• Ask your clients for feedback via LinkedIn/ Google My Business and share it on your website so that prospects can get a flavour or what you’re doing.
  • Add a bookings calendar to your website e.g. Doodle so that prospects can arrange a meeting with you.
  1. Keep things under review: Don’t be afraid to tweak what you’re doing.

  • Keep track of social media and web analytics to give you guidance and confidence in what’s working.
  • Ask for feedback, particularly ‘Where did you come across my service?’
  1. Create a client-focused positioning statement: This can help take the focus off yourself when pitching.

  • Write down:
  • i. Your target audience
  • ii. The name of your product/ service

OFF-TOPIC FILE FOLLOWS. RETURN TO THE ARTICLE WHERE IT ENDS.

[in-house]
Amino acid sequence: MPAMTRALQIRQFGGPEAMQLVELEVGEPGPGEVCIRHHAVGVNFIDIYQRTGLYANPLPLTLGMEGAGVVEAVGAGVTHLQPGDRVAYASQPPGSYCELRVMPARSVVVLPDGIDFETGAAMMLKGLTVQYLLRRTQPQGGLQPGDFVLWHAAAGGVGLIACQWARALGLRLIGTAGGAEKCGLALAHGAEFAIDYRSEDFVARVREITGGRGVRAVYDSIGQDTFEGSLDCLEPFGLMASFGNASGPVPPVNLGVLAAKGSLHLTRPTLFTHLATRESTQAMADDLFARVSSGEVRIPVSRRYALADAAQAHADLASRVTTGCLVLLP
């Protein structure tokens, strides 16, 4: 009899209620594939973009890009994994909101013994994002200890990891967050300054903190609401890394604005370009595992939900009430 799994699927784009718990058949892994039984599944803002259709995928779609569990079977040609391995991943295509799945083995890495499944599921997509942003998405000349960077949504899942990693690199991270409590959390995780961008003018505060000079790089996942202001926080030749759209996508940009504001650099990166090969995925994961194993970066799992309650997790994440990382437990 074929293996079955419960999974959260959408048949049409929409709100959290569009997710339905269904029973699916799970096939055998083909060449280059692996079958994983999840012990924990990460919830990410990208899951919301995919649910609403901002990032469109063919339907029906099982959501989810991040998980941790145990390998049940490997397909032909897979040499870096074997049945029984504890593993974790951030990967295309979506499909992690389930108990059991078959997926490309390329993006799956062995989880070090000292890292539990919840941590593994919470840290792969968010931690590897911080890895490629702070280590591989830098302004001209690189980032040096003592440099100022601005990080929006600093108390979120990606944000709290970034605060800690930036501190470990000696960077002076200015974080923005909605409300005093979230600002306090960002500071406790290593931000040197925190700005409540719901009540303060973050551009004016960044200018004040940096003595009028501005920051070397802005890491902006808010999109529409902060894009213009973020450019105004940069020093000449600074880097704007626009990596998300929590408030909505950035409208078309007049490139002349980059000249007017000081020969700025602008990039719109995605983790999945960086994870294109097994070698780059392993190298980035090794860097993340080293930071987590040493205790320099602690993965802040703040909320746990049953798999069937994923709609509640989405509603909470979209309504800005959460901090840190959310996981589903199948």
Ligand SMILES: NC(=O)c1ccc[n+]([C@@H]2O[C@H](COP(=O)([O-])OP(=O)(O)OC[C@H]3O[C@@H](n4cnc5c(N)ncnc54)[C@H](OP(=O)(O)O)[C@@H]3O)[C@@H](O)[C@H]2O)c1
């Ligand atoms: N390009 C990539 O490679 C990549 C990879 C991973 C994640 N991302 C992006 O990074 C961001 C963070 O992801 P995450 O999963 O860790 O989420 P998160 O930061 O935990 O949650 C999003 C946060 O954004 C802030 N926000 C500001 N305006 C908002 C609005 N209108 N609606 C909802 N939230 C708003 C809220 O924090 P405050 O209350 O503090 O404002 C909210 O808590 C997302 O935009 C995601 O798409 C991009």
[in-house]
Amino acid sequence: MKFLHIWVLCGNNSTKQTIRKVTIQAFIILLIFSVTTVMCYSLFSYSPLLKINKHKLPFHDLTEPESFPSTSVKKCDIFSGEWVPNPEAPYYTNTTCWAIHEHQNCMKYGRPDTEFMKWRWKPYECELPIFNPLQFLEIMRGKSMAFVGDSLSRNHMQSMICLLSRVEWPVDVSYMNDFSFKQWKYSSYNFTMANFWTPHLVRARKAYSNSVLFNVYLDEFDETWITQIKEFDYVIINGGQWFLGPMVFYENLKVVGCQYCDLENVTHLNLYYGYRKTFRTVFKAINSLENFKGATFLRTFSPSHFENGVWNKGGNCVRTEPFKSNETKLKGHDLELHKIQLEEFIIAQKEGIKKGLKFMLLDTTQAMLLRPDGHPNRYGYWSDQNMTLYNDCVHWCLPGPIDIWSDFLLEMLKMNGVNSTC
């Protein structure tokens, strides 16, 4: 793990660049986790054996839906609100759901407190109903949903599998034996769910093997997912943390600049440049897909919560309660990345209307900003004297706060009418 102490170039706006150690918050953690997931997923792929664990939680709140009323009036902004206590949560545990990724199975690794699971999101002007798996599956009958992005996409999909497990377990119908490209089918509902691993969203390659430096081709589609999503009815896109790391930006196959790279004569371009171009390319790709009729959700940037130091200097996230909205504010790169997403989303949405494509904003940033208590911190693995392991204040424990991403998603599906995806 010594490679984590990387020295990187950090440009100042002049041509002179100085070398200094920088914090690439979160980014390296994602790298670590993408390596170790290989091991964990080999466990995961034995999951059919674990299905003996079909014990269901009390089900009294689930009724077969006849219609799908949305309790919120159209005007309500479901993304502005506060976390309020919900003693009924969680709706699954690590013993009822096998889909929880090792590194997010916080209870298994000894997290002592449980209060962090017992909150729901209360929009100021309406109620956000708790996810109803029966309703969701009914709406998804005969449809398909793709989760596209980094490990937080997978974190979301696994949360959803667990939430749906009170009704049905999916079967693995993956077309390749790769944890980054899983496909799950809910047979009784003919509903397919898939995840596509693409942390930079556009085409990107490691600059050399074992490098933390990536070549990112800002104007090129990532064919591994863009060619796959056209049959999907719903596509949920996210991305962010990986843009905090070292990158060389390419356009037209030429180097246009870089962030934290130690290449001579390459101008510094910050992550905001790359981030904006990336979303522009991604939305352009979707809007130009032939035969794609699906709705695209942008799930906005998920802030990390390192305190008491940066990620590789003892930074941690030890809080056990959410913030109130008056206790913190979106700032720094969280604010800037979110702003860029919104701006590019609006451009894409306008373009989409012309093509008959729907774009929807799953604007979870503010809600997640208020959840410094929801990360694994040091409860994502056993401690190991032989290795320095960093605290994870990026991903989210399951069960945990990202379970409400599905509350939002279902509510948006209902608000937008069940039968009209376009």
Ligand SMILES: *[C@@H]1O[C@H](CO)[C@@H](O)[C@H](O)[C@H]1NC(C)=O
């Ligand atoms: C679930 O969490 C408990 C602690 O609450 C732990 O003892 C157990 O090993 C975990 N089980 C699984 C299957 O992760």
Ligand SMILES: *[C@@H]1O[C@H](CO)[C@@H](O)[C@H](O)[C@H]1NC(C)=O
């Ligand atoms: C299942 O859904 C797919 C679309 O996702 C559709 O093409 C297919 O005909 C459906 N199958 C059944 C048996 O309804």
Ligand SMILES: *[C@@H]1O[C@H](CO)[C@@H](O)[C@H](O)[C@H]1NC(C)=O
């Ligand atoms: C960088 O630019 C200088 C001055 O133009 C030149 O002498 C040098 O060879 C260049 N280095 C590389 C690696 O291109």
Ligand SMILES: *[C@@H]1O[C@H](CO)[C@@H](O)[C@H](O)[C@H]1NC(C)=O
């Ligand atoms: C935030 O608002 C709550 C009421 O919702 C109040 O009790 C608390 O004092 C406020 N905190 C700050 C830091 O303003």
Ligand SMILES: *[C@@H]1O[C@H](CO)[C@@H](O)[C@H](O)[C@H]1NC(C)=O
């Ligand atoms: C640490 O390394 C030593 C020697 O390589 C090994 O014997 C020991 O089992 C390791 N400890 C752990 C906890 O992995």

• iii. The category of product/ service you offer
  • iv. The problem you solve for your clients
  • v. The benefit your product/ service brings to clients
  • Then insert your answers into this sentence:‘For (insert i), (insert ii) is the (insert iii) that will (insert iv) so they can (insert v).’
  1. Keep the focus on helping: be kind to others and yourself.

  • Map out your client’s awareness journey and focus your marketing on moving them through it
  • In the words of Joe Glover, Co-founder of The Marketing Meetup: “Find the balance point; people you can help, who in turn can help you. That’s a way to new customers, but also possibly more importantly – keeping them for a long time.”